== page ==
161 Arrested, 75 Guns Confiscated in Fla. Following Reported Beach 'Takeover' on Spring Break

Panama City Beach police chief J.R. Talamantez said "there are no words that can describe" visitors' actions over the weekend

Panama City Beach police
Photo: Panama City Police Department/Facebook

Over 160 people were booked into a Panama City Beach, Florida jail over the weekend as local authorities cracked down on spring break festivities that got out of hand.

The Bay County Sheriff's Office (BCSO) helped break up several incidents on Panama City Beach amid what some social media groups had deemed the "PCB Takeover," according to a news release issued Monday by the department.

The BCSO responded to just under 860 calls for service over the busy weekend, 548 of which were from "beach zones," with assistance from the Panama City Police Department, Springfield Police Department, the Florida Highway Patrol and the Florida Fish & Wildlife Conservation Commission.

Of this weekend's 161 arrestees in Bay County, 78 were from Alabama, per the BCSO. In total, 82 individuals — 77 adults and five juveniles — were taken into custody by the BCSO alone, the majority of which were booked on illegal firearms charges. Seventy-five firearms were seized.

Commenting on the commotion, Panama City Beach police chief J.R. Talamantez said Sunday that "there are no words that can describe the way they have behaved themselves, conducted themselves and the amount of laws they have broken," per CBS News.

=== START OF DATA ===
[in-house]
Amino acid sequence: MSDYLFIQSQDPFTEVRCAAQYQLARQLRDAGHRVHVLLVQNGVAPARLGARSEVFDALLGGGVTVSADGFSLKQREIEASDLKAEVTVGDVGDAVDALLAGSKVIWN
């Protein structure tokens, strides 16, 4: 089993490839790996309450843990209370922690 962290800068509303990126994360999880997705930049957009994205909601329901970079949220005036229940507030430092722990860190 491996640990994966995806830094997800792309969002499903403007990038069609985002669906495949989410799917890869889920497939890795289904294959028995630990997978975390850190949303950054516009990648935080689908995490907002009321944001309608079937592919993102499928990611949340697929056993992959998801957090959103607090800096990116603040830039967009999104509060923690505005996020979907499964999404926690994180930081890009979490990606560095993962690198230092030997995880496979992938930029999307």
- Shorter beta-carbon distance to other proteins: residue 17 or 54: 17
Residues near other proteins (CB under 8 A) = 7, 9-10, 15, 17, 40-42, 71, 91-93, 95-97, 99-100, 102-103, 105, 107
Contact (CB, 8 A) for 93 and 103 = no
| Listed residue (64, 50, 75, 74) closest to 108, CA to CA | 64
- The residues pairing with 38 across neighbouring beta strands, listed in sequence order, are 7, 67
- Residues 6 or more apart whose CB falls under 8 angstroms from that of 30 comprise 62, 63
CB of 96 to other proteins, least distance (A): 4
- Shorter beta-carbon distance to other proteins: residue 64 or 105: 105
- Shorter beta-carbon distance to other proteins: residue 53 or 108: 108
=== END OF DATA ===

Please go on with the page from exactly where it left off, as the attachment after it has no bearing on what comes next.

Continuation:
"We are doing the best to manage this situation," he added.

Panama City Beach, Florida

BCSO Sheriff Tommy Ford stressed that officials "will not tolerate this criminal activity" in the area in the news release published Monday, alongside images of the confiscated firearms from a press conference held earlier in the day.

"Each one of these 75 illegal firearms represents a violent armed encounter with law enforcement," Ford said at the briefing. "This weekend could have very well resulted in tragedy of a law enforcement loss of life, a citizen's loss of life and even a bad guy's loss of life."

In Monday's news release, Ford said, "I assure you; it will not be a 'REAL FUN BEACH' inside the Bay County Jail. If you come here to act like a criminal, we will treat you like one."

Ford credited the officers' crowd control success to the regions' Bay Real Time Operations Center (BayROC), which Ford called "a game changer" in their efforts to maintain order. The technology is used to "target trouble spots and spontaneous crowds" according to the PCPD's news release.

Panama City Beach, Florida

The BayROC system helped officials raid a local house party attended by some of the Takeover's main promoters, per the BSCO. Multiple people were arrested while in possession of firearms while the rest were "evicted by the homeowner."

BayROC also informed law enforcement agencies about specific Takeover attendees, allowing law enforcement "to specifically target and disrupt activities."

Panama City police chief Mark Smith offered similar sentiments in his department's own news release, calling the weekend " a difficult and trying one for our team" in uniform.

"To those individuals that think they can come to our city and break the law, we will be waiting for you with the promise to be professional and intolerant, and you will be held accountable for your actions," he said.

Talamantez said Sunday that "nothing is off the table" regarding a possible curfew, per CBS.

"I know the citizens are frustrated. Trust me, we are frustrated too," Talamantez explained. "The harsh reality is we cannot control who comes to town. But what we can control is what happens to you if you commit a crime in this town. We will hold you accountable."

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